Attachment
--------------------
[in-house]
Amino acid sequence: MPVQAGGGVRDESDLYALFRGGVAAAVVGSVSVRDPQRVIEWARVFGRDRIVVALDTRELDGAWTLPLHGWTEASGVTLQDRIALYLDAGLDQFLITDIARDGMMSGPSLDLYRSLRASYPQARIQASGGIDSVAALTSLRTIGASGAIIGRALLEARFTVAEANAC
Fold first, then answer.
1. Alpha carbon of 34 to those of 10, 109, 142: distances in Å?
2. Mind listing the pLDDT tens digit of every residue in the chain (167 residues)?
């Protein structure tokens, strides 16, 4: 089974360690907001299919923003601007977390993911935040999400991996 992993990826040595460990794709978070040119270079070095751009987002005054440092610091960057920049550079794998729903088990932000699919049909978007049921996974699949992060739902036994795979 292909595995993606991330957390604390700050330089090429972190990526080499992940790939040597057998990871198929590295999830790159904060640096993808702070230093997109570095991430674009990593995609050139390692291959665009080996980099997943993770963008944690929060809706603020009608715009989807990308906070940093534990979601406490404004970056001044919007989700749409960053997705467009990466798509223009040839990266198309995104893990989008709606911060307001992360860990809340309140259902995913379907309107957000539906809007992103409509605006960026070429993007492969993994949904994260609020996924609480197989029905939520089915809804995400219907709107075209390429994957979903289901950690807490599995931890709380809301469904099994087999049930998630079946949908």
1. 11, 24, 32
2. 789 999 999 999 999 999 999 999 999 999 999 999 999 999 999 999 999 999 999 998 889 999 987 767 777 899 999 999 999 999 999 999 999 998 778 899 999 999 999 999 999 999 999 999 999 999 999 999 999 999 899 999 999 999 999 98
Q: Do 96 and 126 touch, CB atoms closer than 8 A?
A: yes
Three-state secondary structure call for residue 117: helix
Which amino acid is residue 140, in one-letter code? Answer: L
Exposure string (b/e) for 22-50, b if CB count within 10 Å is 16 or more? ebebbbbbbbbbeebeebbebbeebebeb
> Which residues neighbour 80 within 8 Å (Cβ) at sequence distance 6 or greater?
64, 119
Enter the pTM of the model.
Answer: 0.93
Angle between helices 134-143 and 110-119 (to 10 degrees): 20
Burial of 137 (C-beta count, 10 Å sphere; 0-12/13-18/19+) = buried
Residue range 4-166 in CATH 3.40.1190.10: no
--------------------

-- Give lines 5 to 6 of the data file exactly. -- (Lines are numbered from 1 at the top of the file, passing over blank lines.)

2. Mind listing the pLDDT tens digit of every residue in the chain (167 residues)?
């Protein structure tokens, strides 16, 4: 089974360690907001299919923003601007977390993911935040999400991996 992993990826040595460990794709978070040119270079070095751009987002005054440092610091960057920049550079794998729903088990932000699919049909978007049921996974699949992060739902036994795979 292909595995993606991330957390604390700050330089090429972190990526080499992940790939040597057998990871198929590295999830790159904060640096993808702070230093997109570095991430674009990593995609050139390692291959665009080996980099997943993770963008944690929060809706603020009608715009989807990308906070940093534990979601406490404004970056001044919007989700749409960053997705467009990466798509223009040839990266198309995104893990989008709606911060307001992360860990809340309140259902995913379907309107957000539906809007992103409509605006960026070429993007492969993994949904994260609020996924609480197989029905939520089915809804995400219907709107075209390429994957979903289901950690807490599995931890709380809301469904099994087999049930998630079946949908």